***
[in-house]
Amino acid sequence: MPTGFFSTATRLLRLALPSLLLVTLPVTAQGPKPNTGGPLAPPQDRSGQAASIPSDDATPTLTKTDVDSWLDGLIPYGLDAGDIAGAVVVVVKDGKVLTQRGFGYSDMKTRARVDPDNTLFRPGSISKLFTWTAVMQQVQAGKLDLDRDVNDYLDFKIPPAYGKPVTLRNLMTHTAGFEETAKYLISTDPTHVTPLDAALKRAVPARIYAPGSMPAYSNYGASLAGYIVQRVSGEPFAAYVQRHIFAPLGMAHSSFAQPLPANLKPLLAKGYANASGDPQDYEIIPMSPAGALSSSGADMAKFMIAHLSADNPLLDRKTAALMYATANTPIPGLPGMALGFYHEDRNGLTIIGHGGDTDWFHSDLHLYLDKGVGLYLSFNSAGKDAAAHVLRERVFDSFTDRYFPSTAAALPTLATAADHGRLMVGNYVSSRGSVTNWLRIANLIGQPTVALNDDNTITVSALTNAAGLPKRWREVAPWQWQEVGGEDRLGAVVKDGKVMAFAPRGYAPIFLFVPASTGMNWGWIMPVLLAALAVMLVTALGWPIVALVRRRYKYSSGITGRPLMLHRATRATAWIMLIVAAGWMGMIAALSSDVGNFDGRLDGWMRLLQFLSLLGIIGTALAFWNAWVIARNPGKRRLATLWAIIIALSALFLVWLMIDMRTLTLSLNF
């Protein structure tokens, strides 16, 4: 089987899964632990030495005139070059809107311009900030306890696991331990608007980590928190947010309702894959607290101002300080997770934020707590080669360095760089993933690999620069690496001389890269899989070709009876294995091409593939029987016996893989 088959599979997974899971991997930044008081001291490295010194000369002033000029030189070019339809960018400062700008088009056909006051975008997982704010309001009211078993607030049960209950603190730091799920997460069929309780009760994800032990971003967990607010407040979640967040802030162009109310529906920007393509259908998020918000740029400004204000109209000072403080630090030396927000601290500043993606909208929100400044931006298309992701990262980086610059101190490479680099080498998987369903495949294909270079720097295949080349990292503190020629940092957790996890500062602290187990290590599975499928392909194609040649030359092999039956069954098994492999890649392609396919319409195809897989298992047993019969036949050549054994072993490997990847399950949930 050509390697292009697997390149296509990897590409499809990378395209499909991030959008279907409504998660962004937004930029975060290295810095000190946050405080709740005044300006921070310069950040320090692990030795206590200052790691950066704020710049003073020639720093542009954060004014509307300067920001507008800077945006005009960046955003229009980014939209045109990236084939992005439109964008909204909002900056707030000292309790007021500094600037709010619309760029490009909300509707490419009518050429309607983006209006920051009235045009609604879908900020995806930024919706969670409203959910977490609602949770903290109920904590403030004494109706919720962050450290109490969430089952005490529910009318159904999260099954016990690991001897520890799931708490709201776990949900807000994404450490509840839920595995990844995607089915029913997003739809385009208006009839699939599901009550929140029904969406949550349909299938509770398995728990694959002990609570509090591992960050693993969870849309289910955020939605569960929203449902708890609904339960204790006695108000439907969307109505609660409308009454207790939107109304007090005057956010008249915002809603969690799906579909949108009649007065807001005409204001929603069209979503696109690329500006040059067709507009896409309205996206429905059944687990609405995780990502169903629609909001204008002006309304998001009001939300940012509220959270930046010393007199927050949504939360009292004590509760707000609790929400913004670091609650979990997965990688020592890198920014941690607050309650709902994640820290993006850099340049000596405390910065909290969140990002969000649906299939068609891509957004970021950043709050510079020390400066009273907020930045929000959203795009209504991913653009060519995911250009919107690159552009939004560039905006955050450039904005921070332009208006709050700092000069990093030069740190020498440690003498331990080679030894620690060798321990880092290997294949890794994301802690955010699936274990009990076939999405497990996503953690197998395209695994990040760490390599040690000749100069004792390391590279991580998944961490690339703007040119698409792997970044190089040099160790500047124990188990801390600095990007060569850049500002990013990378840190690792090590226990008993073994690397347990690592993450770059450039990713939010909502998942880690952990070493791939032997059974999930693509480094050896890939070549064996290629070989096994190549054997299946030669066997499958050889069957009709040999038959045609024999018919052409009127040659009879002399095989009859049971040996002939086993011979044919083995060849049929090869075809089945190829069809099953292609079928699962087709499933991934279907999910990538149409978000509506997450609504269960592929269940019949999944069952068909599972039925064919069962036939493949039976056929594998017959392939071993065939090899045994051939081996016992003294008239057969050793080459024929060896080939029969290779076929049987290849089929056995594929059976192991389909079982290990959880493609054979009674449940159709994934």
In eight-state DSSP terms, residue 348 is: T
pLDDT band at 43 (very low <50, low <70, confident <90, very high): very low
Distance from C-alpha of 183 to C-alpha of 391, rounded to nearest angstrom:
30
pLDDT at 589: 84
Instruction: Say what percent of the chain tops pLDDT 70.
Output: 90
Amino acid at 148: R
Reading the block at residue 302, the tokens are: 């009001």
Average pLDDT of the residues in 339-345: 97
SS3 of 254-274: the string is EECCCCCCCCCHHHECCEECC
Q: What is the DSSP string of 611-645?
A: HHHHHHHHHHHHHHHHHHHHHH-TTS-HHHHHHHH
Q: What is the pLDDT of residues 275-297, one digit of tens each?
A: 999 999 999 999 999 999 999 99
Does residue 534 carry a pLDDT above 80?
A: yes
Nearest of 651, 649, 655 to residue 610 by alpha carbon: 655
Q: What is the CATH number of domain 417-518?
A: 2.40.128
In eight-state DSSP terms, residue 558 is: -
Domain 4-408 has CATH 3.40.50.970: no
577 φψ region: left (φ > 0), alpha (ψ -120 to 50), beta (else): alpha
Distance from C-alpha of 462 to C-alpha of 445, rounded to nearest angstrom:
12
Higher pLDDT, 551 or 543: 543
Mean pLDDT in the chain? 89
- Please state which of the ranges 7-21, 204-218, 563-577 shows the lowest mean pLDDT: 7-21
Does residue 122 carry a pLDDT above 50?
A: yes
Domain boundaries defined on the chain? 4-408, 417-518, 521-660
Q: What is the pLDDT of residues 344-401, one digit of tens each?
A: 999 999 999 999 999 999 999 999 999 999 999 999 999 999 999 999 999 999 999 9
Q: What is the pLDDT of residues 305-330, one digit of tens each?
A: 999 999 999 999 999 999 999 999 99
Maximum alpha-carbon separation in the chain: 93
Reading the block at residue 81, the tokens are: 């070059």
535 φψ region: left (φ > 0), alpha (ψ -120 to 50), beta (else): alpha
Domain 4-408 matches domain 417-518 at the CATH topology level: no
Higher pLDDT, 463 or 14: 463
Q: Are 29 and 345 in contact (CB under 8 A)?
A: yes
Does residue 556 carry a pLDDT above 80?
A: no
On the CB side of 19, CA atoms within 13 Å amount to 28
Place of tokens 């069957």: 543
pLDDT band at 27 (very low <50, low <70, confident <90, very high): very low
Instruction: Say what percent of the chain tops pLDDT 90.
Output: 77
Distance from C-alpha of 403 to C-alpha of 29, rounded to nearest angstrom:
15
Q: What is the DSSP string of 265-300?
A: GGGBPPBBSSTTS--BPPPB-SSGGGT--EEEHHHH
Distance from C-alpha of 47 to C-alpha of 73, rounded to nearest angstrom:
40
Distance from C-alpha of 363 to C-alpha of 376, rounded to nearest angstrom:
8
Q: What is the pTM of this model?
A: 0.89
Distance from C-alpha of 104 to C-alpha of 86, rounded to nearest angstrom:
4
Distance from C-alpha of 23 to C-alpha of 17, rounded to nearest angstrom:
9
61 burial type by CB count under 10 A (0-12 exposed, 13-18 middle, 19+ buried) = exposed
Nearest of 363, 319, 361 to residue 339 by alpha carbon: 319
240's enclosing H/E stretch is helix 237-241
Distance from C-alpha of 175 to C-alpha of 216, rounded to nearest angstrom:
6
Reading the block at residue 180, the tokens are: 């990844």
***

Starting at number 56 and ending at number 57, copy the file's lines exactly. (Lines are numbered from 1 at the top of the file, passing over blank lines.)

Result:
A: GGGBPPBBSSTTS--BPPPB-SSGGGT--EEEHHHH
Distance from C-alpha of 47 to C-alpha of 73, rounded to nearest angstrom: